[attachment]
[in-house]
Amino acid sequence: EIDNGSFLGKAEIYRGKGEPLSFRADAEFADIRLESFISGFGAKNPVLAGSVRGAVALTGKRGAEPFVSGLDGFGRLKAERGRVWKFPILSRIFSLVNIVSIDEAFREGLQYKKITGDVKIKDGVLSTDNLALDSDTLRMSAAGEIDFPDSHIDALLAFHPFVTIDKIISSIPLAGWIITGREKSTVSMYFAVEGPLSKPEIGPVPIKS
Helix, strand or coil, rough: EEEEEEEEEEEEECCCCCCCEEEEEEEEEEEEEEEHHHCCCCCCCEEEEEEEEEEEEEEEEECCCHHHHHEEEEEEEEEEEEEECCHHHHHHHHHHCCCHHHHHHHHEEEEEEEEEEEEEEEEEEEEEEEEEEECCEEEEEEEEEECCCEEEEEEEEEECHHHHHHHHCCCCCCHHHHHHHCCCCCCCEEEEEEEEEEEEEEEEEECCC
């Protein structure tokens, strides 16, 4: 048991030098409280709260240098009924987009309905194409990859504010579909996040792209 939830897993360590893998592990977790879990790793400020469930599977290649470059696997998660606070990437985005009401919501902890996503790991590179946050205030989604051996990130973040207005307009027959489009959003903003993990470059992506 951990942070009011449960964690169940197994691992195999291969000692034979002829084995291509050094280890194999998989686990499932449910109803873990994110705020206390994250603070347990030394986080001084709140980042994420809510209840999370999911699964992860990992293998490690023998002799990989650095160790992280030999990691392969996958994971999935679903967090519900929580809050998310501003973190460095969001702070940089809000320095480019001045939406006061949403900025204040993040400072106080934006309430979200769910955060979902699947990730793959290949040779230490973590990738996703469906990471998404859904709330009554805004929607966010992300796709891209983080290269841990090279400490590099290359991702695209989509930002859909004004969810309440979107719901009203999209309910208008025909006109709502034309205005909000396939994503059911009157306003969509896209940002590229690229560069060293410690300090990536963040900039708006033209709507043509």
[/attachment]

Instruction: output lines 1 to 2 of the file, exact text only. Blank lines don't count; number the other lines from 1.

[in-house]
Amino acid sequence: EIDNGSFLGKAEIYRGKGEPLSFRADAEFADIRLESFISGFGAKNPVLAGSVRGAVALTGKRGAEPFVSGLDGFGRLKAERGRVWKFPILSRIFSLVNIVSIDEAFREGLQYKKITGDVKIKDGVLSTDNLALDSDTLRMSAAGEIDFPDSHIDALLAFHPFVTIDKIISSIPLAGWIITGREKSTVSMYFAVEGPLSKPEIGPVPIKS